The momentous statement made on behalf of the British cabinet on November 2, 1917 by Arthur James Balfour, His Britannic Majesty’s Secretary of State for Foreign Affairs, is usually regarded in light of the interests and designs of the great power that issued it, or in terms of its ostensible subject, a “national home for the Jewish people." What the sixty-seven words of Balfour’s statement actually meant for the Palestinian people, and how the latter perceived this and other British declarations involve a perspective that is rarely considered, and will be the topic of this presentation.
Rashid Khalidi is the Edward Said Professor of Modern Arab Studies and chair of the Department of History at Columbia University. He is past President of the Middle East Studies Association and is editor of the Journal of Palestine Studies. Khalidi has authored seven books, including most recently, Brokers of Deceit: How the U.S. has Undermined Peace in the Middle East (2013); Sowing Crisis: American Dominance and the Cold War in the Middle East (2009); and The Iron Cage: The Story of the Palestinian Struggle for Statehood (2006).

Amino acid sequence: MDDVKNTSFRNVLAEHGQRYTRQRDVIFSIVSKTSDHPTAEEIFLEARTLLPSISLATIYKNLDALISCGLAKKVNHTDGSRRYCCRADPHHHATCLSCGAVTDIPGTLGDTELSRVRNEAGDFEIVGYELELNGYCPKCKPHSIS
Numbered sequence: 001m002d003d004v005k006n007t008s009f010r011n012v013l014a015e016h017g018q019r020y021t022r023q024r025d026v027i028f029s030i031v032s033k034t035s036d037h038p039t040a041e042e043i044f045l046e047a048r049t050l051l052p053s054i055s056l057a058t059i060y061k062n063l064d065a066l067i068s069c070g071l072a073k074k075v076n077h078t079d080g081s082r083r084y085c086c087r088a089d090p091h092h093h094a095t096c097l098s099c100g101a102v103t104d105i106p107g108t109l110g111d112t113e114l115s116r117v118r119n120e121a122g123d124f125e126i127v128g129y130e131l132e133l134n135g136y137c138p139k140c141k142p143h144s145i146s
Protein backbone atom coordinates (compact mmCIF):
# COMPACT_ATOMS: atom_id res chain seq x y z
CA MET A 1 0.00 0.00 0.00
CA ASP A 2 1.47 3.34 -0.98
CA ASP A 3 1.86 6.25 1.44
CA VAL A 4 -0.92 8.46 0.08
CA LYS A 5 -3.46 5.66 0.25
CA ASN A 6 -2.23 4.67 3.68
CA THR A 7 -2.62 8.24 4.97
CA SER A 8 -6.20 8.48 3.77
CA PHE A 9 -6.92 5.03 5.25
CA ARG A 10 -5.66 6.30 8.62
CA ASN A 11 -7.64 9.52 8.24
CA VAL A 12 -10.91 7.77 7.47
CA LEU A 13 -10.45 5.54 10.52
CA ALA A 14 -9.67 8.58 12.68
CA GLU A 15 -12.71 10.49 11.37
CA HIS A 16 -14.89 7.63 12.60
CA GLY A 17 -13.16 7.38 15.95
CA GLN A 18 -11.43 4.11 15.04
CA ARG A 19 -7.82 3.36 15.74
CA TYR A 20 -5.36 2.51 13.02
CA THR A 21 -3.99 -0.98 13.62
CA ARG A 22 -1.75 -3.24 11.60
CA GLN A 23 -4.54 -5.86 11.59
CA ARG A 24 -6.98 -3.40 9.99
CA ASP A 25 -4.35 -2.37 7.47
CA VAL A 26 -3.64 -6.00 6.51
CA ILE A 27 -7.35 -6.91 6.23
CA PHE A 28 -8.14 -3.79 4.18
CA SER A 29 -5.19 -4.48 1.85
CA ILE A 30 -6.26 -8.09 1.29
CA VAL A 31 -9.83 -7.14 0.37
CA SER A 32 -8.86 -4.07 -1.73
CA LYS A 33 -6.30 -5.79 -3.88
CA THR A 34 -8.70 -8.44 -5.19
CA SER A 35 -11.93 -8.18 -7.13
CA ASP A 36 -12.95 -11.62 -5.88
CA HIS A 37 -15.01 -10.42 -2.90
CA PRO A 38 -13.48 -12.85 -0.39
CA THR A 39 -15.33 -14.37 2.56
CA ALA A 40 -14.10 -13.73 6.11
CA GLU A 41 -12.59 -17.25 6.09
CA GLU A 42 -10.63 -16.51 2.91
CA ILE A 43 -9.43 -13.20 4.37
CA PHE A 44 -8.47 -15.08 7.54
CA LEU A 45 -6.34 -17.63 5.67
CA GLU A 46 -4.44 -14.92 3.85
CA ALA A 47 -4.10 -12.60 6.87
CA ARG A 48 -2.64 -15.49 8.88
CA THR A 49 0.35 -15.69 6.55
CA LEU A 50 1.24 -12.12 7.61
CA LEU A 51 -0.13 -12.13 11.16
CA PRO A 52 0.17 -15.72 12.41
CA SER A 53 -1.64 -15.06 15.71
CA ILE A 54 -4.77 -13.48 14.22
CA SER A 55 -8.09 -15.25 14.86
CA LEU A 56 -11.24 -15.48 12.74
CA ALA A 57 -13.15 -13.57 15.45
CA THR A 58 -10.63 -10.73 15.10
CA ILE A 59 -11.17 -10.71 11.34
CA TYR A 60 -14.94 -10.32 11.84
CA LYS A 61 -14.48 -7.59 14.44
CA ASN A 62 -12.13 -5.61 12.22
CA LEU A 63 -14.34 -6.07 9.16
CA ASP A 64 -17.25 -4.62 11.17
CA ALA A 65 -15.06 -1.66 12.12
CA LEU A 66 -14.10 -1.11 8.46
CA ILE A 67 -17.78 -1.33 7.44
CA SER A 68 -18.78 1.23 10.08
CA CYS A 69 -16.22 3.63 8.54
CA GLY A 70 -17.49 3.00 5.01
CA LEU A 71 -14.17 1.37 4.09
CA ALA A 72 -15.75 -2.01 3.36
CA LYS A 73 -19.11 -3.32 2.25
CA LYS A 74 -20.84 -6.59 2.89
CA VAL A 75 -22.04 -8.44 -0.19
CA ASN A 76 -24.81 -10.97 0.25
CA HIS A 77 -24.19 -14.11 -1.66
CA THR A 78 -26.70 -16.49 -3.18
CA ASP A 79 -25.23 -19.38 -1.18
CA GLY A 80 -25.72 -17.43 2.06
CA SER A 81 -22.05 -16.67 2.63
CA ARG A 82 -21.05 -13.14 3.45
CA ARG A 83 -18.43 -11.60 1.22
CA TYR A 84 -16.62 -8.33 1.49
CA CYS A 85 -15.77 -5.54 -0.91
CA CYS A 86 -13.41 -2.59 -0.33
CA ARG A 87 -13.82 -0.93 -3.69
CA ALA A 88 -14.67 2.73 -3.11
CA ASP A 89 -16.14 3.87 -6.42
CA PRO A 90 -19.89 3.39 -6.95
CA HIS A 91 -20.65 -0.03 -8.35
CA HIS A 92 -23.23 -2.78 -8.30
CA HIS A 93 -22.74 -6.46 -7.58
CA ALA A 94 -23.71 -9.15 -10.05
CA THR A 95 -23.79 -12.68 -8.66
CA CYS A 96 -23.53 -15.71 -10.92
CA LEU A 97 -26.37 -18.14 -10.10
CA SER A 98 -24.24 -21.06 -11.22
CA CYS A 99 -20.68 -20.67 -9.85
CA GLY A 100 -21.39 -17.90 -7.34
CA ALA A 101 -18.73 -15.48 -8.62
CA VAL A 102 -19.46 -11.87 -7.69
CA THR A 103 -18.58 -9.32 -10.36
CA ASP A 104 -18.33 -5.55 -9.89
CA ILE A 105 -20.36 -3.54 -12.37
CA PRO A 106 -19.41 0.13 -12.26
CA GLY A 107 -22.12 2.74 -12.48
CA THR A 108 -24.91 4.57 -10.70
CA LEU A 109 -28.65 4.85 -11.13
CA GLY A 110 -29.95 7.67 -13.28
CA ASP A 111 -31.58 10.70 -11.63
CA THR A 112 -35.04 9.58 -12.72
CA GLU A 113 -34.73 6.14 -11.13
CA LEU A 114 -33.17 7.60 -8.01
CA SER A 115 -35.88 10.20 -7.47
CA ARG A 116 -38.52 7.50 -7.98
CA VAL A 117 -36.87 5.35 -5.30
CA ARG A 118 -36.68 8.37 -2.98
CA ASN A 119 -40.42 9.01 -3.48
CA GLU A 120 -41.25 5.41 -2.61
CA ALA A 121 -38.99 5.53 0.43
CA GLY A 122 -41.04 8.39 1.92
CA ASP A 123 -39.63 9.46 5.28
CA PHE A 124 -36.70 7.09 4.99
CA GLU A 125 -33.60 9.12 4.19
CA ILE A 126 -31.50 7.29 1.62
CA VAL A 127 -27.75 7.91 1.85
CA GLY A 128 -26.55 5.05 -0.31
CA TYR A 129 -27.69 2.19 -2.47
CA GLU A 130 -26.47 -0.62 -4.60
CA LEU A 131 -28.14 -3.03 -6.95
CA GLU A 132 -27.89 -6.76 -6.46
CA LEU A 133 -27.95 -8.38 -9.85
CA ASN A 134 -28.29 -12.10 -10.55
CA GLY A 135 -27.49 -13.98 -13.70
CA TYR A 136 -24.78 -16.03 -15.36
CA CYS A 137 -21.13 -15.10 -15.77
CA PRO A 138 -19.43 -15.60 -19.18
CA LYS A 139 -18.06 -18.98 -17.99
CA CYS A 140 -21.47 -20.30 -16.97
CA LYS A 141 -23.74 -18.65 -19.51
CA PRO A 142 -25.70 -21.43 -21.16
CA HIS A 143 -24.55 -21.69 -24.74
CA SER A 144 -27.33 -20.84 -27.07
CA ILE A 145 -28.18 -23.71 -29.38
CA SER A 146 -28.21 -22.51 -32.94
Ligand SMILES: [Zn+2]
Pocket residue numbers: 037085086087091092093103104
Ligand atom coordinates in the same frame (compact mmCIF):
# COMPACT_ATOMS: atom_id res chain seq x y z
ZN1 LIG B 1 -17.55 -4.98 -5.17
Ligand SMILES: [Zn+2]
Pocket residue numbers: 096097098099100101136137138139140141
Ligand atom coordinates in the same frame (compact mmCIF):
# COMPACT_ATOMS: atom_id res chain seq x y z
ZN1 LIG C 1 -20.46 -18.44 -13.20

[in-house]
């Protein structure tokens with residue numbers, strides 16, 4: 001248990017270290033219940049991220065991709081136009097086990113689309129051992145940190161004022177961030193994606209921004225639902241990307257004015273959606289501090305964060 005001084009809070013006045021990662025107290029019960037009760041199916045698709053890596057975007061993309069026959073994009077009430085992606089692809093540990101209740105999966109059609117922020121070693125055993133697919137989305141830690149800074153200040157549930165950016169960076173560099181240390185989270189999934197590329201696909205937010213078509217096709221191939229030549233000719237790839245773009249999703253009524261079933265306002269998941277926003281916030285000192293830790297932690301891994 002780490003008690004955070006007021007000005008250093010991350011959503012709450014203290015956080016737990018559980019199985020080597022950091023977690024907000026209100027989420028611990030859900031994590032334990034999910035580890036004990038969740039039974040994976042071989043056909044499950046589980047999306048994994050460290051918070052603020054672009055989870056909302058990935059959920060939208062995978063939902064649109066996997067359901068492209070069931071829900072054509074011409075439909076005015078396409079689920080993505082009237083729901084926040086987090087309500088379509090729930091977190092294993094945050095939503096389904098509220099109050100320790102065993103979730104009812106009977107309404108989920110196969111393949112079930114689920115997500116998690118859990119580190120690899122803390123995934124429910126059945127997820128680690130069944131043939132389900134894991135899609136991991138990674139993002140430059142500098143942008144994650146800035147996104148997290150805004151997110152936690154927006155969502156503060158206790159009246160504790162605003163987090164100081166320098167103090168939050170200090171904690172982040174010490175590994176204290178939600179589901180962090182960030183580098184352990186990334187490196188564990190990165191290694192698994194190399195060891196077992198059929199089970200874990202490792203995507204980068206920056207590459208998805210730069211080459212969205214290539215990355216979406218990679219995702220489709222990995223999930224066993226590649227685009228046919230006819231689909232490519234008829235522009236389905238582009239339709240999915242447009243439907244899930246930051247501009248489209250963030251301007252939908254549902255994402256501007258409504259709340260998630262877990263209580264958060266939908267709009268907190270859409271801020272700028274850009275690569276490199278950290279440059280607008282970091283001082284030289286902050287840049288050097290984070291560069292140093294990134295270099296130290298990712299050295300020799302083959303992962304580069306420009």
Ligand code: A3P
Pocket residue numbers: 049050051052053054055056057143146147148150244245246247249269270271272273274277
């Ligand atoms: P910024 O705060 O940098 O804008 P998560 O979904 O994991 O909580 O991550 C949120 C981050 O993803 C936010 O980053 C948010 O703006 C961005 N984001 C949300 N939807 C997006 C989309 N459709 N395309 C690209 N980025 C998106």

Sponsored by the Princeton University Department of English, Department of History, PIIRS and the Princeton Committee on Palestine